Sometimes the students demonstrate exercise and techniques they’ve been working on in class, and sometimes they perform a piece they are preparing for a more formal audience.   Sometimes they do both.  The school hosts a diversity of classes, from beginner ballet to hip-hop and tap.   Maybe all this variety is what inspired the head and founder of the dance school to call these monthly performances “Mixed Bags.” 

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And so C&D danced in the Mixed Bag.  Then C&D came home with the usual despair that something so pleasant could be over so quickly.  This time, however, C&D figured they could do something about it.  While I finished dinner and let my hair finish drying, they worked quickly to get furniture moved and an audience ready. 

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And then, requesting the music (some of which we had to download on the fly; Amazon, I love you), they danced and danced until bedtime.  Much of what they did is here in this post.  It’s here so that in ten years C&D can see what their first dance moves looked like.  It’s here so that the grandmas (their most devoted audience) can see what they’re up to.  And these videos are here so you know WHAT I HAVE TO PUT UP WITH ALL DAY LONG.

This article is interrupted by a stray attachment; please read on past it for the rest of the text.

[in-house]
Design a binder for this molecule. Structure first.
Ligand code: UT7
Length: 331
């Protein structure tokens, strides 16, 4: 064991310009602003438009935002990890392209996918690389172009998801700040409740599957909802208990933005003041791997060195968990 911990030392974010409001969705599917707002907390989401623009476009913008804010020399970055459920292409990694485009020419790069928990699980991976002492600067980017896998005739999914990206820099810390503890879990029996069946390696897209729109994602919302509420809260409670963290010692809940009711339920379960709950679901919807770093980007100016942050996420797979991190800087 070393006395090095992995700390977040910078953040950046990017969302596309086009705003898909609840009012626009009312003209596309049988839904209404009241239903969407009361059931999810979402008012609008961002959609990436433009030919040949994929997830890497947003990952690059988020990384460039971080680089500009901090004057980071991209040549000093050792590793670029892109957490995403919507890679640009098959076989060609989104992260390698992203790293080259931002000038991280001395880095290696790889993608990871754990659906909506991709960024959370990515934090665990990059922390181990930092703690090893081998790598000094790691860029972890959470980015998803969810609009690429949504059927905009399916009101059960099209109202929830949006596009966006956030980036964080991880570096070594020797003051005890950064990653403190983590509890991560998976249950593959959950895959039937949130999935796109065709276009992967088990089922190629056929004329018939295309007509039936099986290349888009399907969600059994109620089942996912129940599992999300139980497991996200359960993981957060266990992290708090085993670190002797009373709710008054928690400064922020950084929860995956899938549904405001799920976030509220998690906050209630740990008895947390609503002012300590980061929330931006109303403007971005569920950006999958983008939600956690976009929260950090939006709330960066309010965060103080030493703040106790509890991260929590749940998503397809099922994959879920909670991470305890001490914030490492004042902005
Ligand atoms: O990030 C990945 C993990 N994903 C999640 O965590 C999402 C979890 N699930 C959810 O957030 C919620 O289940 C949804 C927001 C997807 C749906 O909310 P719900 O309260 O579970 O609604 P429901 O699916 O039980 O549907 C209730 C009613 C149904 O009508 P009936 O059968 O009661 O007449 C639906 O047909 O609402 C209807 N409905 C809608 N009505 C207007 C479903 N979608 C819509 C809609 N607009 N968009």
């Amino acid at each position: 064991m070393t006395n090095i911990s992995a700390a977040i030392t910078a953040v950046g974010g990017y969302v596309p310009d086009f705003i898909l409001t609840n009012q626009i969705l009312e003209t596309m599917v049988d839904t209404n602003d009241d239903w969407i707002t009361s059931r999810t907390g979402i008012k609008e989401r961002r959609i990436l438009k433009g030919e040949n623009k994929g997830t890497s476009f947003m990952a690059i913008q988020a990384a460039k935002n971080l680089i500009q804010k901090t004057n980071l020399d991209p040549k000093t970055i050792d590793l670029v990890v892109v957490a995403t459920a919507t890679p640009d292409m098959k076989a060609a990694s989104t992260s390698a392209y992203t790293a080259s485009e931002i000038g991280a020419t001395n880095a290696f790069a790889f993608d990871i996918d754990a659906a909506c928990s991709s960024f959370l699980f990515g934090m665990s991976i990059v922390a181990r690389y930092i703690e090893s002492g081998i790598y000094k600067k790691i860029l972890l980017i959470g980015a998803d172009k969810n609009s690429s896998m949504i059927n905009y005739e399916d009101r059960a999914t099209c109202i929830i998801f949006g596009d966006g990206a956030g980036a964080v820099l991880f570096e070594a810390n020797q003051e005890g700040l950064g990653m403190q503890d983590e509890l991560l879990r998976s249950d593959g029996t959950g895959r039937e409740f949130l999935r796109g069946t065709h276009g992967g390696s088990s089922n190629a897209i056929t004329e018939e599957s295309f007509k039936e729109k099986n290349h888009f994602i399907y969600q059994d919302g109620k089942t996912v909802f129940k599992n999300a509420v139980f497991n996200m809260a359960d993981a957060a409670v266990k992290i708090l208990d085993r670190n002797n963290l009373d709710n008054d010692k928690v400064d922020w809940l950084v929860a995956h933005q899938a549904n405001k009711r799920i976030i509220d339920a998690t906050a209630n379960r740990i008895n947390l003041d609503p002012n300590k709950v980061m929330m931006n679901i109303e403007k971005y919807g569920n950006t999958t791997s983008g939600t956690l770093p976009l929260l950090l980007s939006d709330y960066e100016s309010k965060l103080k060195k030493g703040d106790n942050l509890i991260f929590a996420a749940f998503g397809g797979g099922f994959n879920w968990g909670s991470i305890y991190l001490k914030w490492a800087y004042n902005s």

Ready?  Here goes:

They asked that I find and play a piece by Dave Brubeck first.  Their dancing was inspired by some of the choreography set to this music at the at the City Dance concert earlier in the month, and then the Mixed Bag earlier in the day.  David’s slow-mo movement at :26 was right on, but Carmen’s hopping on one foot was definitely a Carmen-ism.